Rejoice always. Pray continually. – 2 Thessalonians 5:16-17
Our default prayer life, like it or not, revolves around “I want.”
It’s the genetic basis of religion. God’s bigger and wiser, and if we get on God’s good side, we’ll get what we want. Prayer is that token we put in the celestial gumball machine.
Of course the Christian prayer life centers around the question, “What do you want, Father?”
This is what Paul is getting at when he says that we should pray continually. We’d be pretty selfish if we lived continually thinking about what we want from God. We’d be following Paul’s (and Jesus’) footsteps if we prayed asking the following questions:
What are you feeling in this situation, Lord?
What is your will in this situation?
How do you need to use me? What risk do I need to take?
How do you want me to change in order to do this?
Adding such questions gives God a break from the baby-chick syndrome, where we always have our beaks open, demanding to be fed.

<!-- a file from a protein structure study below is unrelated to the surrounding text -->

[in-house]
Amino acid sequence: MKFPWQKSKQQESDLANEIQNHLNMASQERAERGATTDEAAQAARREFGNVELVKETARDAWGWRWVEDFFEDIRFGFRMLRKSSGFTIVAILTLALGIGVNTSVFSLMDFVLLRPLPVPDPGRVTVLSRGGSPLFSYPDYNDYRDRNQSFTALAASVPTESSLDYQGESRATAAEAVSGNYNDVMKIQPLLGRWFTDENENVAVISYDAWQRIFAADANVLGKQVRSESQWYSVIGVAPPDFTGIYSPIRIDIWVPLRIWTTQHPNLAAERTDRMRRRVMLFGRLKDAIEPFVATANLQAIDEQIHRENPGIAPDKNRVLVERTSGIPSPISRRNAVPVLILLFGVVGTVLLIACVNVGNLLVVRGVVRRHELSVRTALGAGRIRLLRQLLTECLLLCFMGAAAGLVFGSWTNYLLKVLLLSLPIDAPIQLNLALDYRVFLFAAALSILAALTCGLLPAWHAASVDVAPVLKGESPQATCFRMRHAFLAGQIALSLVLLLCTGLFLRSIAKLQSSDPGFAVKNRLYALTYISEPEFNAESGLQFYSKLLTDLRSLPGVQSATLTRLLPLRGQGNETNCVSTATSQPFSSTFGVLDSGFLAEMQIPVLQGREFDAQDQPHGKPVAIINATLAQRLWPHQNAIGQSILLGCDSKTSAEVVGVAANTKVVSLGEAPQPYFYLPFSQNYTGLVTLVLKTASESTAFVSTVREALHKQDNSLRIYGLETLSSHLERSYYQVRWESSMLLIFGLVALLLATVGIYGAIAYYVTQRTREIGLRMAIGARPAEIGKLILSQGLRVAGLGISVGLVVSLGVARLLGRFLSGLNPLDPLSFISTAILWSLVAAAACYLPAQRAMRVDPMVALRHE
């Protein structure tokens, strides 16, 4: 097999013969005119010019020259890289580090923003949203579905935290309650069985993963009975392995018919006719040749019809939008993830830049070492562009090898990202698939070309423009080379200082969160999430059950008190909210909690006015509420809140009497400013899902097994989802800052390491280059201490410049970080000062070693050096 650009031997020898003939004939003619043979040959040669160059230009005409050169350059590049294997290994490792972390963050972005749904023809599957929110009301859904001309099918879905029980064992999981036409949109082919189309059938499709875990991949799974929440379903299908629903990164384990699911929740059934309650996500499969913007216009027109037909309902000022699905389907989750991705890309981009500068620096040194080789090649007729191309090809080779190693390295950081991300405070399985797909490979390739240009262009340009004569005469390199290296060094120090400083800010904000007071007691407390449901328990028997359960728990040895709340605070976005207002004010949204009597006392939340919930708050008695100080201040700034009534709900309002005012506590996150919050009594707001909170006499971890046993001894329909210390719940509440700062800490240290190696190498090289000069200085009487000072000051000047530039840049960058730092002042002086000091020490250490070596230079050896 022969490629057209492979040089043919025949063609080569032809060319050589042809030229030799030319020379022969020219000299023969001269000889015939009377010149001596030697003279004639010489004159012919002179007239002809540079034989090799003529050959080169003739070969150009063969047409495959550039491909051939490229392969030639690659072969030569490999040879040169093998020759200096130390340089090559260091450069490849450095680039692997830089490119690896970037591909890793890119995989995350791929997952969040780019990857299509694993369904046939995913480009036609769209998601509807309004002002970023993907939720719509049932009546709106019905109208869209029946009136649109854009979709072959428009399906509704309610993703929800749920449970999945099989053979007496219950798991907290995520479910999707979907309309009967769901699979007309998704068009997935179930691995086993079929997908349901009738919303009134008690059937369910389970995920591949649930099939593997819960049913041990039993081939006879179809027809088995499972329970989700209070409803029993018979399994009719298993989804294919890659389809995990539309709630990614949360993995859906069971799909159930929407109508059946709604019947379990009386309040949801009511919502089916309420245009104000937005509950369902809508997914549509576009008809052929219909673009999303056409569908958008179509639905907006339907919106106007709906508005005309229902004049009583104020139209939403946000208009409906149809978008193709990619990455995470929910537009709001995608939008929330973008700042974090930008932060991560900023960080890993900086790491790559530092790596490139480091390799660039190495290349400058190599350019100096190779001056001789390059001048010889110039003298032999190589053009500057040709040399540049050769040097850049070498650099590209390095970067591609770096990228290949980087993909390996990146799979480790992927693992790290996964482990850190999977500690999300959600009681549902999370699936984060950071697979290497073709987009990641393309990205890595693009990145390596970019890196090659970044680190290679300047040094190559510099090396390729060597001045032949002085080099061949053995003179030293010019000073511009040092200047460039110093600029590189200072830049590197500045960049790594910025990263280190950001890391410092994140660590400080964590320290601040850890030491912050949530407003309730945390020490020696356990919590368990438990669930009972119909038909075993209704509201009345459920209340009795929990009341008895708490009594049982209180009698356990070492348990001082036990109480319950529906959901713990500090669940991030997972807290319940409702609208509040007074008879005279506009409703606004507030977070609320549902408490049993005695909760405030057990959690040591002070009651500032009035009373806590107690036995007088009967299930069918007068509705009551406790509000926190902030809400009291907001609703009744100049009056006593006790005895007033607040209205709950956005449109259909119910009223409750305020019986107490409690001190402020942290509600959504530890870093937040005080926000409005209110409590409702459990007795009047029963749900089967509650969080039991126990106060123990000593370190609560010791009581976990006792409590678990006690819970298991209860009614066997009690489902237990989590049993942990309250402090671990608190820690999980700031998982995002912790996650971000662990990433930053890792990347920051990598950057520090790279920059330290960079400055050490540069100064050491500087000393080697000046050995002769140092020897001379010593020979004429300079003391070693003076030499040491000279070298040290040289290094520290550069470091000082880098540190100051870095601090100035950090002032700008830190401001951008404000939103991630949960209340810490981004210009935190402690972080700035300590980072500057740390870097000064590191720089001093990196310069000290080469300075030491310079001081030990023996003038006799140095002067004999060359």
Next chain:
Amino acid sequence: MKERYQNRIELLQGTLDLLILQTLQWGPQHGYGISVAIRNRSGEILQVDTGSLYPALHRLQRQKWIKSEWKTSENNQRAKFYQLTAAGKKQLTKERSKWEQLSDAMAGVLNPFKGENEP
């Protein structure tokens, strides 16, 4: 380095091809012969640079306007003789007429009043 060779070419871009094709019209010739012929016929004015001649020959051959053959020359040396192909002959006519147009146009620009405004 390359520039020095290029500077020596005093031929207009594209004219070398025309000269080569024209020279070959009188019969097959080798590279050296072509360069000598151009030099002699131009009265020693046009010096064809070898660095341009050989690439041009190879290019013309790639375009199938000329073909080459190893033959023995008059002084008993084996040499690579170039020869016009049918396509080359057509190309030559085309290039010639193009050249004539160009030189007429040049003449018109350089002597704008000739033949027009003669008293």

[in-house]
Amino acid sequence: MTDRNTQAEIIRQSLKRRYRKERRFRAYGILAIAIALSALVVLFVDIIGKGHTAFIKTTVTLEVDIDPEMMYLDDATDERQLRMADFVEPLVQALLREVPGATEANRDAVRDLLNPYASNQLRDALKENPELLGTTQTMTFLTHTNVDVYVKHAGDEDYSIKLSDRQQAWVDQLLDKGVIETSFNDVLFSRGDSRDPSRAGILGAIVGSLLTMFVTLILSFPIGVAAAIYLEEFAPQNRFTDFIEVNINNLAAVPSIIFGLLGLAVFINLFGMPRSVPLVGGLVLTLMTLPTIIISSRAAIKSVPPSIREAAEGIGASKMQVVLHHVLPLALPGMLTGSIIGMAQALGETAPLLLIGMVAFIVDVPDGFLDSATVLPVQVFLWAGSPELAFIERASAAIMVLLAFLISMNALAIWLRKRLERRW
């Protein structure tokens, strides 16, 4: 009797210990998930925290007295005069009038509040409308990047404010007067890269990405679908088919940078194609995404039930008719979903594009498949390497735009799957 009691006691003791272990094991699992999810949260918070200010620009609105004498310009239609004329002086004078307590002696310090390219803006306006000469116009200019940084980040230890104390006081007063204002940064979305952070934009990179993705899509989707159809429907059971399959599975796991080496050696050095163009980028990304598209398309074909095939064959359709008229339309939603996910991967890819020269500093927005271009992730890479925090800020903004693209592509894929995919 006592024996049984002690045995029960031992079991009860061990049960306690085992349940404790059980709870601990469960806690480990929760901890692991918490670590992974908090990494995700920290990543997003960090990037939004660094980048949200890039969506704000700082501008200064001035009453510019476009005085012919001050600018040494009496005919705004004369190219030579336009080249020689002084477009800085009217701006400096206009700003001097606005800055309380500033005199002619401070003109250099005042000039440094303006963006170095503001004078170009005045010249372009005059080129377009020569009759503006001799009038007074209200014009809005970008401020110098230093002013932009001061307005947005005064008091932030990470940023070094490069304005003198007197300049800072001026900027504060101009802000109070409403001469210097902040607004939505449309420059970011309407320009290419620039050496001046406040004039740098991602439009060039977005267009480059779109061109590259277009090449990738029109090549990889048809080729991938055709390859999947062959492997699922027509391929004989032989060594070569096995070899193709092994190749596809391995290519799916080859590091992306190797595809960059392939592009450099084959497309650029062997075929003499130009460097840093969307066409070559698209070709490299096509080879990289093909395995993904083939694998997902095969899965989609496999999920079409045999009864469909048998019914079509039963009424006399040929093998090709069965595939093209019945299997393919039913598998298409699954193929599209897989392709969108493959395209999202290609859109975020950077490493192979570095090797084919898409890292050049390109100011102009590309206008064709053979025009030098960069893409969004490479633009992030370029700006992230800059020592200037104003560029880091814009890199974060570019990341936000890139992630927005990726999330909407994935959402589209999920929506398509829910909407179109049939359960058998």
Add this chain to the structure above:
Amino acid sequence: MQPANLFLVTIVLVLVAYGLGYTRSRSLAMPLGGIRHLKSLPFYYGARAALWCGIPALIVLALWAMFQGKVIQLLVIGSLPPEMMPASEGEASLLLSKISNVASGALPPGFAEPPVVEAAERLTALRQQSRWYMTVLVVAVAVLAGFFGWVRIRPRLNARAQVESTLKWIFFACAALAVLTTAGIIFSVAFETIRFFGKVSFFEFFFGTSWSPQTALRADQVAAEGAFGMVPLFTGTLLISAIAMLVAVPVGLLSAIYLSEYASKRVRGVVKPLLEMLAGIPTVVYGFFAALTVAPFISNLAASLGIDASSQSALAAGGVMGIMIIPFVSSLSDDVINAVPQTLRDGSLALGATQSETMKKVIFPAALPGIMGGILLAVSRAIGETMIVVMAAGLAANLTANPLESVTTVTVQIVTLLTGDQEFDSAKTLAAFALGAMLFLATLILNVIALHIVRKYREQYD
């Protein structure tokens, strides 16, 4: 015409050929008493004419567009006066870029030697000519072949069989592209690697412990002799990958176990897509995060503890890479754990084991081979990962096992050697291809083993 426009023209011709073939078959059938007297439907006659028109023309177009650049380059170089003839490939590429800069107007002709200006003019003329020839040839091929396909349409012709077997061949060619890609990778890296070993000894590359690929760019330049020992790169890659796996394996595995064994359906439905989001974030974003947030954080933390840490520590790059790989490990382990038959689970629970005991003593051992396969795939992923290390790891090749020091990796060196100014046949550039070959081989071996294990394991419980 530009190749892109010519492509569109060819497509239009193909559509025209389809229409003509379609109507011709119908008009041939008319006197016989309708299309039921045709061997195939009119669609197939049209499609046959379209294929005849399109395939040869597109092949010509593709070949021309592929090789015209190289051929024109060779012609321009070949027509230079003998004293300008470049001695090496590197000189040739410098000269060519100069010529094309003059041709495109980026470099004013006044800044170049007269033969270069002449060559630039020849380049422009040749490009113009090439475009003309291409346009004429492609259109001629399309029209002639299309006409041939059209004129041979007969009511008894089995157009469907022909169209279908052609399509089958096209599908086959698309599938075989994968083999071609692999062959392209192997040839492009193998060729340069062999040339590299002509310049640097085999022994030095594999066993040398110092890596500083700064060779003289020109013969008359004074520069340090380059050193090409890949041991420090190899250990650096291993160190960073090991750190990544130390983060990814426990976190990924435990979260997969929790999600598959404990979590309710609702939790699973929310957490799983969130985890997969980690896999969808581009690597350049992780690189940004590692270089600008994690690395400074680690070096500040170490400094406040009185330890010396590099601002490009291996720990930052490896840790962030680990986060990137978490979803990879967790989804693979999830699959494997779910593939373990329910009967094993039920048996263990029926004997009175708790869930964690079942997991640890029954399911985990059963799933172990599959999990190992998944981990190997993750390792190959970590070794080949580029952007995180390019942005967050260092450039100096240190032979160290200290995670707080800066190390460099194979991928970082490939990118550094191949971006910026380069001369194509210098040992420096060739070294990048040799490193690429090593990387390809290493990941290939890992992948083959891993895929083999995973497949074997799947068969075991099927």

John Wesley gave us the model for this:
I am no longer my own, but yours.
Put me to what you will, rank me with whom you will;
put me to doing, put me to suffering.
Let me be employed by you, or laid aside by you:
enabled for you, or brought low by you.
Let me be full, let me be empty.
Let me have all things, let me have nothing.
I freely and heartily yield all things
to your pleasure and disposal.
This is jumping into the deep-end of the prayer pool.
Maybe it’s good for you and me to start with our feet touching the ground:
I want what I want, but help me want what you want, Lord.